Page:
The eastern topographic wall of the Sawmill Canyon caldera is partially exhumed near the Tower mine. Ancient colluvial breccias, conglomerates and sandstones of the Sawmill Canyon Formation, derived from Luis Lopez volcanics, are overlapped by 27.9-Ma Lemitar Tuff at the caldera wall. Distal lavas of the La Jara Peak Basaltic Andesite and the South Canyon Tuff outflow sheet were the last regional Oligocene volcanic units to flow across the mostly buried moat of the Socorro caldera at 27.3 Ma.
Moderately tilted volcanic-rich conglomerates and playa claystones of the Miocene Popotosa Formation are preserved in tilt-block depressions within and adjacent to the Chupadera range. An intercalated dacite flow and two trachybasalt flows of late Miocene age (~ 11, 9.7 & 8.4 Ma, respectively) help define several local unconformities associated with fault-block highlands in the early rift basins. The 8.4-Ma basalt of Broken Tank flowed westward across the mostly covered Chupadera block on inset piedmont gravels of the Popotosa Formation near Walnut Creek; it then flowed northward down the axis of the Broken Tank basin onto playa muds near Bear Canyon. The topographically highest point in the Chupadera Mountains (1984 m, 6510 ft above msl.) is formed by caldera-facies Hells Mesa Tuff immediately adjacent to an 8.4 Ma paleovalley wall locally preserved by the basalt of Broken Tank.
Episodes of hydrothermal alteration and mineralization were locally associated with shallow silicic magmatism and volcanism of Oligocene age (31.9, 30.0 and 28.7 Ma) and late Miocene age. Late Miocene potassium metasomatism at ~ 7.4 Ma (Dunbar and Miggins, 1996), and slightly younger manganese mineralization (6.6 Ma; Lueth et. al., in press) in the northern Chupadera Mountains appear to be temporally and spatially linked to five pulses of silcic to intermediate magmatism and volcanism (at 9.5, 8.7, 7.9, 7.4, 7.0, and 6.9 Ma) in the Socorro Peak area, about 6 km north of the quadrangle. Popotosa playa mudstones presumably formed a thick impermeable cap on the late Miocene hydrothermal system, allowing the upwelling hot waters to migrate laterally from their source.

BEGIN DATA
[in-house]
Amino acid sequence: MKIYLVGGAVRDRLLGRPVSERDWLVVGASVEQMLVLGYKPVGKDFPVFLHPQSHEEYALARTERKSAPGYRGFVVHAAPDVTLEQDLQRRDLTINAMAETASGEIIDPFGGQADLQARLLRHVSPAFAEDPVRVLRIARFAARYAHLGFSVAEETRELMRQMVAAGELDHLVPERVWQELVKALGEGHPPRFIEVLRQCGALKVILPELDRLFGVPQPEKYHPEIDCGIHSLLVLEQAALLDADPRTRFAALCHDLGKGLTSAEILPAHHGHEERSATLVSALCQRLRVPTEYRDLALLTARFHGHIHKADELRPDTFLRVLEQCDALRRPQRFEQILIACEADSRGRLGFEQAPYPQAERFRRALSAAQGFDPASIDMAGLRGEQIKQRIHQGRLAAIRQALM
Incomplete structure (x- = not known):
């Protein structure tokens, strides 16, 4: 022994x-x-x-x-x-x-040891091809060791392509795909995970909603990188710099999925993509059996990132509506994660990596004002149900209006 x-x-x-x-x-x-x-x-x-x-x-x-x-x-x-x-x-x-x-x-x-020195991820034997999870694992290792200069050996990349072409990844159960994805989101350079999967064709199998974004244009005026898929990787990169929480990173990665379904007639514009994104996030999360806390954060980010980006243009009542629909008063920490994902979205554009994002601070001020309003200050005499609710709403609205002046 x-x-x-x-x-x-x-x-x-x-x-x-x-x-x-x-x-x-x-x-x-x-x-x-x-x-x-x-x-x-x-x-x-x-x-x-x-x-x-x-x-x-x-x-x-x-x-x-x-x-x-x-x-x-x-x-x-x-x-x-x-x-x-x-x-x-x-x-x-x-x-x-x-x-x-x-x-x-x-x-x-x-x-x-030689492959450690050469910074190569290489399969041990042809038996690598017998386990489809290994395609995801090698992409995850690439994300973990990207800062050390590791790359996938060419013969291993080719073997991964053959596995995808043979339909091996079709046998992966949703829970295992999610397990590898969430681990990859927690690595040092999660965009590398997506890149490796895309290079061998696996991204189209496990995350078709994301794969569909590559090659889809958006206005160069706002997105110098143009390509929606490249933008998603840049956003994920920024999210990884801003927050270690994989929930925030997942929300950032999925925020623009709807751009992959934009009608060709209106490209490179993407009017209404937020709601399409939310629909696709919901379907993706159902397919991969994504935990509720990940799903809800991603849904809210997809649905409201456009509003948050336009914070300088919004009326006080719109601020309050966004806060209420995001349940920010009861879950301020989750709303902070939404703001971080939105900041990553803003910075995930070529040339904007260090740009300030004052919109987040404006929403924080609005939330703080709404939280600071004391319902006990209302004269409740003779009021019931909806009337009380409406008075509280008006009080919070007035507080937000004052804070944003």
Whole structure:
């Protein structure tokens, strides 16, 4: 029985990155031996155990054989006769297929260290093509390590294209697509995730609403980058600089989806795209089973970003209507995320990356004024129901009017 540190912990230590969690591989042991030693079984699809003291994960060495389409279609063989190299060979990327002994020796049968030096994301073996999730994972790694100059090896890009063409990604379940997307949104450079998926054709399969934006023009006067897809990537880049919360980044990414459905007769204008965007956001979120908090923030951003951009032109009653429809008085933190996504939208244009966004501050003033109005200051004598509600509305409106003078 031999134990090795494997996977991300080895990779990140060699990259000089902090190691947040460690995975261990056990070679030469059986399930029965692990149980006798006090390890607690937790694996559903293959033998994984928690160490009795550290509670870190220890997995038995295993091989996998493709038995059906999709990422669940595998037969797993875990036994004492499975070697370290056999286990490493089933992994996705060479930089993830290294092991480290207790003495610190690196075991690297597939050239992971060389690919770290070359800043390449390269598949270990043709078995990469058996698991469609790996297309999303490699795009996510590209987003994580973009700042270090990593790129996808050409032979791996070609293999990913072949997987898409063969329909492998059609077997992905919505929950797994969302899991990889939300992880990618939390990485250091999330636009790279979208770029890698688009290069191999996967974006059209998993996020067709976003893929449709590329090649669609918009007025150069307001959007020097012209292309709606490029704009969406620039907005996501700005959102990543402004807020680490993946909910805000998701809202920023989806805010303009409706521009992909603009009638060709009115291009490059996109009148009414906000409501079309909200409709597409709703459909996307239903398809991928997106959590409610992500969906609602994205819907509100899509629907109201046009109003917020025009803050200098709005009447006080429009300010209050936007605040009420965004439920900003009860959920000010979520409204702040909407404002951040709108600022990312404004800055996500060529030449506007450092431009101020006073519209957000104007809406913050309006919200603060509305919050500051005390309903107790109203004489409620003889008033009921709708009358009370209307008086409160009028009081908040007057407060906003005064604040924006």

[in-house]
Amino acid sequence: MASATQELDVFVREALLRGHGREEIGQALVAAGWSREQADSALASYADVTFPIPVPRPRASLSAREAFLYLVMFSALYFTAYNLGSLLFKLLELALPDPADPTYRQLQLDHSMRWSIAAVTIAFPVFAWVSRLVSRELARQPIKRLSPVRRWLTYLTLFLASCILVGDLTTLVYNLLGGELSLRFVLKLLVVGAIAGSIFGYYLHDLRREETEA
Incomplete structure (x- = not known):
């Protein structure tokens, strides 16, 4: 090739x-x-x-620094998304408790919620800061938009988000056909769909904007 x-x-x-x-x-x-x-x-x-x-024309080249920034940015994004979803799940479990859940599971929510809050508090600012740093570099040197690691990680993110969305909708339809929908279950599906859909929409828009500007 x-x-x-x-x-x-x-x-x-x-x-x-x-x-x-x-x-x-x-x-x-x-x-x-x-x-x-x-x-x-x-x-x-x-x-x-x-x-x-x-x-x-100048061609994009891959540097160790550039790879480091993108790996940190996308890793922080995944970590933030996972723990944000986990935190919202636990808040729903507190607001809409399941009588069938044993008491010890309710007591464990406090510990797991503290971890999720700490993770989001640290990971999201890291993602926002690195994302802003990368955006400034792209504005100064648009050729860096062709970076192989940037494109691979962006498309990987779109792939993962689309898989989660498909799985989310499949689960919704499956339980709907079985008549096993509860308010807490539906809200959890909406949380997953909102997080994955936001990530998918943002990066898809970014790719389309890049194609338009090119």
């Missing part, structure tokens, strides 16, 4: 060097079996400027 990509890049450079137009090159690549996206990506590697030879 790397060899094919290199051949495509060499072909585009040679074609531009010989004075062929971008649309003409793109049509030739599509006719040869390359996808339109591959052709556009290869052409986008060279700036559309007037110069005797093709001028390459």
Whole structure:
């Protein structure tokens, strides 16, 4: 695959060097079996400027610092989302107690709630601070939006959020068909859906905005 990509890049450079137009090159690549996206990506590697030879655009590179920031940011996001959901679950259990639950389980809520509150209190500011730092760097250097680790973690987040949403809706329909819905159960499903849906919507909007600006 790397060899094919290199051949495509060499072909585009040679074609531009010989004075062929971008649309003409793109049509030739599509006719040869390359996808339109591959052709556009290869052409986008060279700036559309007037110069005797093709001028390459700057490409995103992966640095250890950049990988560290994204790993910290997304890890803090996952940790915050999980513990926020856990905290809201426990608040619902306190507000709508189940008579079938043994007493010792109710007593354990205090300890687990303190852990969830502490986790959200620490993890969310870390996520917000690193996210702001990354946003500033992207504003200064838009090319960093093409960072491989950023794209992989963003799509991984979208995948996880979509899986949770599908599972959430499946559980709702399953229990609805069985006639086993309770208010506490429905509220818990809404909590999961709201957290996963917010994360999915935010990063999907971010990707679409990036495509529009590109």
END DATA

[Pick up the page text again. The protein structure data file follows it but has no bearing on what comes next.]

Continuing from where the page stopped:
Pliocene and Pleistocene sedimentary deposits of the Sierra Ladrones Formation record the transition from early-rift closed basins to late-rift, valley-fill deposits of the ancestral Rio Grande and its tributary drainages. Important aquifers within the quadrangle include a newly recognized fluvial-fan deposit (Tsft) of early Pliocene age apparently emanating from the eastern Magdalena Mountains, and well-known sands and gravels of the ancestral Rio Grande (axial facies of Sierra Ladrones Formation, QTsf). Aquifer units, possibly as much as 300 m thick, are locally preserved on subsiding, high-angle fault blocks near the eastern margin of the quadrangle. Moderately deep wells that tap the ancestral Rio Grande aquifer west of I-25 provide over 27 million gallons of potable water to the San Antonio water system each year (Ramsey, 1994). The solid-waste landfill for the city of Socorro, a potential source of groundwater pollution, is located in the unsaturated zone of this primary aquifer (QTsf) about 1 km northwest of Luis Lopez and about 30m above the water table.
The north-trending Socorro Canyon fault, an active fault zone of the Rio Grande rift, displaces middle to late Pleistocene piedmont-slope deposits in the area west of I-25, about 2 km west of Luis Lopez (Chamberlin and Harrison, 1996). Recent isotopic-dating studies of this active fault at Socorro Canyon (Ayarbe, 2000) indicate the most recent major displacement events (~2 m each) occurred at 92 ± 16 ka and 28 ± 20 ka, equivalent to a maximum slip-rate of about 0.3 mm/yr. Earthquake risk may be increased by ongoing uplift (~ 2-3 mm/yr at San Acacia; Fialko and Simmons, 2001) and stretching of the Socorro region above the extensive modern-day Socorro magma body, which has been geophysically mapped at a depth of 19 km (Balch.et.al., 1997).